Andalusia is a beautiful region of Spain. Although in the summer months the heat can be a little too much for some.
After many years when I spend the entire summer in Andalusia, I thought I would share some of my tips which help me to cope with the heat. This are especially useful in July and August.
Granada temperatures are extreme. The lowest recorded minimum in 1987 was -14 ºC (7ºF )
Then the highest temperature was recorded in 1995. A blisteringly high 43ºC (this is around 110ºF) That was until last Summer. On 7th July 2015 this high was beaten, when the mercury reached 43.1C at Granada airport. Topping the previous record.
In Granada there is an interesting contrast of snow and red hot temperatures. From November to April you can ski in the Sierra Nevada Mountains. In the hot Summer months evening temperatures don´t fall below 25ºC on some balmy nights. Even buying bread becomes a chore on a fierce summer day.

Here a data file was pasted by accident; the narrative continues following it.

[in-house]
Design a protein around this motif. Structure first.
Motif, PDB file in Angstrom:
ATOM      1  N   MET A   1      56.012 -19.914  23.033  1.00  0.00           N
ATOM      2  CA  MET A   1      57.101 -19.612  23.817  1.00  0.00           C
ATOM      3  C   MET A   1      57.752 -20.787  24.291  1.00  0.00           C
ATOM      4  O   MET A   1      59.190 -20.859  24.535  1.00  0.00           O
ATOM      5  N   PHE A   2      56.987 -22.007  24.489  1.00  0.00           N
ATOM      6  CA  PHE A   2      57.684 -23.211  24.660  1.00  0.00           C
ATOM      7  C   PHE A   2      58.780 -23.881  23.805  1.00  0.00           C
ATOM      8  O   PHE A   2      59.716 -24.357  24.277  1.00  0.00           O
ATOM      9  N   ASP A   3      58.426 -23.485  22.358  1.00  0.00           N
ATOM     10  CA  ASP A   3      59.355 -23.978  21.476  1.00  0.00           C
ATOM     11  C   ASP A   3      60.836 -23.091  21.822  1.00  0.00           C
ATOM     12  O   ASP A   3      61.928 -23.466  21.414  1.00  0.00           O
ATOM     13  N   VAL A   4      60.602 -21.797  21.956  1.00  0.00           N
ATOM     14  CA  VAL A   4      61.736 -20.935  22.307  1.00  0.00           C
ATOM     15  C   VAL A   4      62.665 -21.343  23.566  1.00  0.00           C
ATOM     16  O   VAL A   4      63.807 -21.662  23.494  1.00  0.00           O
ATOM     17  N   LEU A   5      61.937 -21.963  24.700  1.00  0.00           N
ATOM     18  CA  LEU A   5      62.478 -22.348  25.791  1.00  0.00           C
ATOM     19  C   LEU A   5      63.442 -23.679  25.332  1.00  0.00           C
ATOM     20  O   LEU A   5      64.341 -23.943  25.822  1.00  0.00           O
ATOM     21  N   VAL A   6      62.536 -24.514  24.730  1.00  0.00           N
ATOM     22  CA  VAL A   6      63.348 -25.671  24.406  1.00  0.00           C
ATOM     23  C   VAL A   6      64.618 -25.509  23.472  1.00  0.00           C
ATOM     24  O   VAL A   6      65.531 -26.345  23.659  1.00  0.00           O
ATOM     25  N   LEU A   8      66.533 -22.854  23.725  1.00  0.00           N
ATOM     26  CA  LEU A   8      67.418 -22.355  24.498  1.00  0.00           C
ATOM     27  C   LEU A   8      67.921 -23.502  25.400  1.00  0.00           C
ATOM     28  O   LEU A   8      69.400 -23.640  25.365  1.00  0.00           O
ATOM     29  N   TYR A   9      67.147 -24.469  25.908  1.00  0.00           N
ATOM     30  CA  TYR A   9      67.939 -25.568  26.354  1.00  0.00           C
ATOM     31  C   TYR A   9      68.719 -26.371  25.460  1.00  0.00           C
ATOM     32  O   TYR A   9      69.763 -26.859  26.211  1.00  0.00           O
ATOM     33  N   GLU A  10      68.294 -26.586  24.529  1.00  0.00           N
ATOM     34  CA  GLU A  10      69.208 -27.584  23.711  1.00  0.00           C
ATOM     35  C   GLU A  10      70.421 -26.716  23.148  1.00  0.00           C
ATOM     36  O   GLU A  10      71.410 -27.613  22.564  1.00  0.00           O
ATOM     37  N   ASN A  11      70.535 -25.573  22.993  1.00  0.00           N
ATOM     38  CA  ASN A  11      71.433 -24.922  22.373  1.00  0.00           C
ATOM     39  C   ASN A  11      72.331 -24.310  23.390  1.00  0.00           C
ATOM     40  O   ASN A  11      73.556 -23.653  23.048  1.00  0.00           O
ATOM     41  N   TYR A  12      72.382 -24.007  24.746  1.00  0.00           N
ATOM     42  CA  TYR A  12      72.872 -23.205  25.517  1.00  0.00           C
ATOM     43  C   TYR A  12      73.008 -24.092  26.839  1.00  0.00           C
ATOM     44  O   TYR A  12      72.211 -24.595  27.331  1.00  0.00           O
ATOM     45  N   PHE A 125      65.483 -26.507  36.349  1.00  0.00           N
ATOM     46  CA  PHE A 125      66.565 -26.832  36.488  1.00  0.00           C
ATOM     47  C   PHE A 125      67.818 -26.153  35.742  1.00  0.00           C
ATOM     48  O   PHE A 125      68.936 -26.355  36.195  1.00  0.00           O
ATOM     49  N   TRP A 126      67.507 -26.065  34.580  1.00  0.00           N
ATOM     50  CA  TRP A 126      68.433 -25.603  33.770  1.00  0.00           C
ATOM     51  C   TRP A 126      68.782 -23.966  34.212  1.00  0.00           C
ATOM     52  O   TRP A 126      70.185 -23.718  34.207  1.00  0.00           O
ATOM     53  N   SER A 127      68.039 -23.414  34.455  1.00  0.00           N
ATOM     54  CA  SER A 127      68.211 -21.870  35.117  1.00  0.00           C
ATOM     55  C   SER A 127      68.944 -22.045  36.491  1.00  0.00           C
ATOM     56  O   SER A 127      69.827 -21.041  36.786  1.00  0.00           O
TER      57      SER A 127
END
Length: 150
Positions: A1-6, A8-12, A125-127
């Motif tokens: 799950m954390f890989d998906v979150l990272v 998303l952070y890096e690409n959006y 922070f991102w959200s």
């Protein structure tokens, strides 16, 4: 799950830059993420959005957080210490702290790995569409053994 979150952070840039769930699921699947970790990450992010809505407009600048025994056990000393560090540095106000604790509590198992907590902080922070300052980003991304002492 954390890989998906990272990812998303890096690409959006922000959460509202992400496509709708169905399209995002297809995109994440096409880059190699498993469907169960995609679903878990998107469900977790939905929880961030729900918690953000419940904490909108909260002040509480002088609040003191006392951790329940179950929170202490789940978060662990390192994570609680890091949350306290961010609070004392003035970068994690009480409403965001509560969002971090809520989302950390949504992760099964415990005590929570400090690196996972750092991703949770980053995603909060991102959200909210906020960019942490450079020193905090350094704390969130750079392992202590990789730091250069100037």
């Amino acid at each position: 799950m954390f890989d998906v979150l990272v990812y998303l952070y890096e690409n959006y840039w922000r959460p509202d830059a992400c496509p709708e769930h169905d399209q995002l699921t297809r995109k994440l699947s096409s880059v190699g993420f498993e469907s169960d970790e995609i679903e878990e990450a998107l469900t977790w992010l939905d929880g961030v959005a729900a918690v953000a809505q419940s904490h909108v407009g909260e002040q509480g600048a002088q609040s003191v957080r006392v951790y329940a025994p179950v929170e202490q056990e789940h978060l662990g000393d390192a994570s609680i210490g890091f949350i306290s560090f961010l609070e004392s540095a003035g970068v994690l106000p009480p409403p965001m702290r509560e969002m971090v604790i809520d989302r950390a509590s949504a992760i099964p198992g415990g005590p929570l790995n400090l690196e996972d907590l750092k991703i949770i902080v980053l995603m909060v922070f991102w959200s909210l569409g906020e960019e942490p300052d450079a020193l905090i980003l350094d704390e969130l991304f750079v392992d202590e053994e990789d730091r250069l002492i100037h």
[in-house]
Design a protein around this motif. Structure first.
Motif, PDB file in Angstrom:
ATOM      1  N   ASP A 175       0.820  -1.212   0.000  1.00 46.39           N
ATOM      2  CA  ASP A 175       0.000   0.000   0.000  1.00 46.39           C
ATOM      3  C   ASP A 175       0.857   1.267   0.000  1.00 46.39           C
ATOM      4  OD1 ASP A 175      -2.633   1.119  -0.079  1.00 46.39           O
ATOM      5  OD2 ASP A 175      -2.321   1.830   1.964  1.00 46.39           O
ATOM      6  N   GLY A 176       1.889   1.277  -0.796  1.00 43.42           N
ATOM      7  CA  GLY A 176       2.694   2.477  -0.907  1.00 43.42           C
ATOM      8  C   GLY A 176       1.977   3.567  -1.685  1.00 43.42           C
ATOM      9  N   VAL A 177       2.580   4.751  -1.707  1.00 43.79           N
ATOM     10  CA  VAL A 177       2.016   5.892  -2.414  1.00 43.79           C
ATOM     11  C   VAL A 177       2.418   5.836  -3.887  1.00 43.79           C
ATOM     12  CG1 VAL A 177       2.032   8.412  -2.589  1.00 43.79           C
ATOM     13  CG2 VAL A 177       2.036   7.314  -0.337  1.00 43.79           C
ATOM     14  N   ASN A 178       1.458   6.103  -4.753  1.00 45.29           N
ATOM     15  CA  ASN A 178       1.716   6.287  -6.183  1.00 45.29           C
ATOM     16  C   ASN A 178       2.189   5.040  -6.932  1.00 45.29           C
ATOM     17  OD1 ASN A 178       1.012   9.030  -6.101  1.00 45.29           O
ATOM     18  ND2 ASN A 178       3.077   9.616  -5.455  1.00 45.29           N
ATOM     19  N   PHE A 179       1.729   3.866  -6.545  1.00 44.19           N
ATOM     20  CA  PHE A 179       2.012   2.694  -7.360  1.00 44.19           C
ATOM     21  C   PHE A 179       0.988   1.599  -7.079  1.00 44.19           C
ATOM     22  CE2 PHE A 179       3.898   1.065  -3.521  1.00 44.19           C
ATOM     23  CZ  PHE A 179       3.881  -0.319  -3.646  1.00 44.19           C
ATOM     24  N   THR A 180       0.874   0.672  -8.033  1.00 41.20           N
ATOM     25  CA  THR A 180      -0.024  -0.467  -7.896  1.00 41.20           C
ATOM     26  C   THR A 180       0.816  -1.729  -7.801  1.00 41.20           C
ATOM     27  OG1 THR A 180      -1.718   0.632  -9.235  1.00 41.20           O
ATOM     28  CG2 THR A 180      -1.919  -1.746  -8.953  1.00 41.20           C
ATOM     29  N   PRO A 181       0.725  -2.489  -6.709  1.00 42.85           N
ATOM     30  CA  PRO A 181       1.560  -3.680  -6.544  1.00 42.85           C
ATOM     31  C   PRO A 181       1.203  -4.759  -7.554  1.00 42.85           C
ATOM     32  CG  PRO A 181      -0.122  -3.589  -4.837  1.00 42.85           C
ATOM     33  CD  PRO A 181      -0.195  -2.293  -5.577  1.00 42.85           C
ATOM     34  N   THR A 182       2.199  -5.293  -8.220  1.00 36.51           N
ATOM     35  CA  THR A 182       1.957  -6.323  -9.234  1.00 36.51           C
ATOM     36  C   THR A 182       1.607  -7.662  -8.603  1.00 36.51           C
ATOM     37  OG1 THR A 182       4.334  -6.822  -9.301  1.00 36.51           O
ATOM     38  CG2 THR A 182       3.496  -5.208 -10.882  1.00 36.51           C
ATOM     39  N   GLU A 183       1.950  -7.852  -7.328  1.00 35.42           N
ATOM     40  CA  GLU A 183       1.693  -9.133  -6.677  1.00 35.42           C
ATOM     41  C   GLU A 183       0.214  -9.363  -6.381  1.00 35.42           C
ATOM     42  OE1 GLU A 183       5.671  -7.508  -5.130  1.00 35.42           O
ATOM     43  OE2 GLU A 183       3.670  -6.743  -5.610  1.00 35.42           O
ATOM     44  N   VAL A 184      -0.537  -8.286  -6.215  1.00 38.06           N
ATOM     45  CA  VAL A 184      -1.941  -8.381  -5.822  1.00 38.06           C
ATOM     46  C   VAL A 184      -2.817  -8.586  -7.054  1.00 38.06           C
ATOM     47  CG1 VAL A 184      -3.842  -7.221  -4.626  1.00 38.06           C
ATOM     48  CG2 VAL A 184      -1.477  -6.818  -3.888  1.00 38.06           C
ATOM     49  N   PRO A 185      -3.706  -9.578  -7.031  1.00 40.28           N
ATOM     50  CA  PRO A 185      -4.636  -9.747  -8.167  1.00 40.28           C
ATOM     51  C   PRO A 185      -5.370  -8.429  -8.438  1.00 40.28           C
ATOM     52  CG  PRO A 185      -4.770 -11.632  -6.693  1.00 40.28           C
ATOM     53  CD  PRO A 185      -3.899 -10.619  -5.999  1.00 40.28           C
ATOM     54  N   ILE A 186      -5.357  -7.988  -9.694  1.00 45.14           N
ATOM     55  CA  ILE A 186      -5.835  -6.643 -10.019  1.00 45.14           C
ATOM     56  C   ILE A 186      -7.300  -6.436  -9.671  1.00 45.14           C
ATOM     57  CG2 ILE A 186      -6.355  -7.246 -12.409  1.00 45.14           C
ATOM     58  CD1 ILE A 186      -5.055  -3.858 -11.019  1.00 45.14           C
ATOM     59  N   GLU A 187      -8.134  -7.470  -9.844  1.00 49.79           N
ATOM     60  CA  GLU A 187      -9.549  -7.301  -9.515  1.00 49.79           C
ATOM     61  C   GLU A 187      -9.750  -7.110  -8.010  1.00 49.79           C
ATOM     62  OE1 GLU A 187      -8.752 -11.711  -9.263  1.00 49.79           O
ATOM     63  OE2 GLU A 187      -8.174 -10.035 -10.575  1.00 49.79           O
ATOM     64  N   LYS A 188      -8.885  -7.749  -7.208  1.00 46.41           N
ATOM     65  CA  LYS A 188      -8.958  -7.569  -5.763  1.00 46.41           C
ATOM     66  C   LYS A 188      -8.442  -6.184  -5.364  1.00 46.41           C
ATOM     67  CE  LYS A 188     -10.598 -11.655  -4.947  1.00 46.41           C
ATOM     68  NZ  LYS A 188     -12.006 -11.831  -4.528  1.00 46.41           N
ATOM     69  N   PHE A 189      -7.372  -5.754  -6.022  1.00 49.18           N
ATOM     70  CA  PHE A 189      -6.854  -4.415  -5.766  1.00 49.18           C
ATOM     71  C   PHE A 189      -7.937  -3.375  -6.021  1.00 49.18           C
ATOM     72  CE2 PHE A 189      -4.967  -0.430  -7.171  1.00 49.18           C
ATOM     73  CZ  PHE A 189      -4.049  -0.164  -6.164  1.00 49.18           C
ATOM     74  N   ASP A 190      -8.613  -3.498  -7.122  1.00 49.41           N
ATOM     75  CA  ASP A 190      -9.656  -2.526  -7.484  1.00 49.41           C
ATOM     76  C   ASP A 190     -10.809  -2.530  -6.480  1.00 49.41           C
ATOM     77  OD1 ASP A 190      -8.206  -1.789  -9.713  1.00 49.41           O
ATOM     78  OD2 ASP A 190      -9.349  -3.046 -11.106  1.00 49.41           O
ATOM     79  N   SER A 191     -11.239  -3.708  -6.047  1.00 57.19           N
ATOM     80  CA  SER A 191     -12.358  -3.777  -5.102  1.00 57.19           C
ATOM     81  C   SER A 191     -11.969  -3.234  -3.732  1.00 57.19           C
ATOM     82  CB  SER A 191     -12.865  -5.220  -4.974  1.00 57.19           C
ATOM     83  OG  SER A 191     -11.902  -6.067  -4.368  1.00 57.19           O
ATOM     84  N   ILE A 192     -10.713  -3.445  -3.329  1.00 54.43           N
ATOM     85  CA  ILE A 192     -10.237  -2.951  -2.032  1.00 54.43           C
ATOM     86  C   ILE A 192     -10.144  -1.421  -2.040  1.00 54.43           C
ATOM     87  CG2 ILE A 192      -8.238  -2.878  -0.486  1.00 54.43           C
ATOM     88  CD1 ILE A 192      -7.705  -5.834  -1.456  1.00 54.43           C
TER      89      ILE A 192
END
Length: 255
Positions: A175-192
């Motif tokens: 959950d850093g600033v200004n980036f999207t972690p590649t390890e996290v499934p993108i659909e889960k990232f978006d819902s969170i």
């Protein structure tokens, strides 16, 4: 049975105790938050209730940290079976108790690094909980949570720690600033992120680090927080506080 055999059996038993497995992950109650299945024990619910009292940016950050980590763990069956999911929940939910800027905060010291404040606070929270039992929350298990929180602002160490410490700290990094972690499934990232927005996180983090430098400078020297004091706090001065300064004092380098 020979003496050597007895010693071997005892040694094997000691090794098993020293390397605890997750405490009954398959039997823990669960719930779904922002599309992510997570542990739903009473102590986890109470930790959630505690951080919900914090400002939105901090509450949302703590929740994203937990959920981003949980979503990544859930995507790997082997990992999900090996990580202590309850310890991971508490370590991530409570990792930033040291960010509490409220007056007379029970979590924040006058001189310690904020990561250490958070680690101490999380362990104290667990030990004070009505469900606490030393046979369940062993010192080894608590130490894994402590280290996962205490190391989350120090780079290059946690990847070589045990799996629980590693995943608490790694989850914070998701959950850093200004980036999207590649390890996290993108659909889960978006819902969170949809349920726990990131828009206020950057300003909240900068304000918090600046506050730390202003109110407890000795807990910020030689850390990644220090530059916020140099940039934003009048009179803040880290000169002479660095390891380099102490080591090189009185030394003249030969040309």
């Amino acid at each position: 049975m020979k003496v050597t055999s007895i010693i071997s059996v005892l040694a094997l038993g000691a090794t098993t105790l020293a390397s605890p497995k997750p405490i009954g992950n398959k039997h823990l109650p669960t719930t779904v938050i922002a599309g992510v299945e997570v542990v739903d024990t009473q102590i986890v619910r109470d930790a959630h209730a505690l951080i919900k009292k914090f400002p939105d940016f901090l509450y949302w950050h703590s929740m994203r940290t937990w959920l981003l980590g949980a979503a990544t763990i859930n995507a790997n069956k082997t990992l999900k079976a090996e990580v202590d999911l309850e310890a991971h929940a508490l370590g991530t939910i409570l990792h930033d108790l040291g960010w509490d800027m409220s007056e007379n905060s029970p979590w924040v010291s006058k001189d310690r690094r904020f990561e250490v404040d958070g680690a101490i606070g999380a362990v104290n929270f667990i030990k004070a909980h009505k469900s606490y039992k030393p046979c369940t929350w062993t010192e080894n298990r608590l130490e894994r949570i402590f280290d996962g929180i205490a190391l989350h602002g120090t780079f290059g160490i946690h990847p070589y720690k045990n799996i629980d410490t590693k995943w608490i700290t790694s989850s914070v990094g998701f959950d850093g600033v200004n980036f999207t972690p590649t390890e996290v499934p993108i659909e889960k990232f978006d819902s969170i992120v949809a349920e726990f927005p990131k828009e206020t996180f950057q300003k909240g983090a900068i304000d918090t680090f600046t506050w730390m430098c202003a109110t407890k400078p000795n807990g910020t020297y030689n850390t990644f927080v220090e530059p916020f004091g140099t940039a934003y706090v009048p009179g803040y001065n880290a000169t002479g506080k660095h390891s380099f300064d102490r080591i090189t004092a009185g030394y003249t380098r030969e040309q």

How to survive the Spanish heat
Best clothes for hot weather
- Natural fibres such as Silk, Linen, Cotton or Ramie. Any combination or mix of these fibres is also good. Very important to steer clear from polyester, acrylic, lycra, elastane and nylon. These fabrics don´t allow the skin to breath and will keep the heat close to your skin.
- Choose pale coloured clothes to wear. White, beige and pastel colours. They are more comfortable than wearing darker colours which absorb heat.
- Wear a Hat. It protects you from overheating and can help prevent sunstroke. If you have a wide brimmed hat it will prevent you getting a sunburnt neck too (painful) Your hair will also be more protected and stay in good condition too. Especially if you have coloured hair or highlights, a the hat or headscarf will stop your lovely locks from discoloration and drying out. Your hairdresser will be pleased ; ) Again choose pale colours for your headwear. Dark coloured hats will attract heat and may cause you overheat.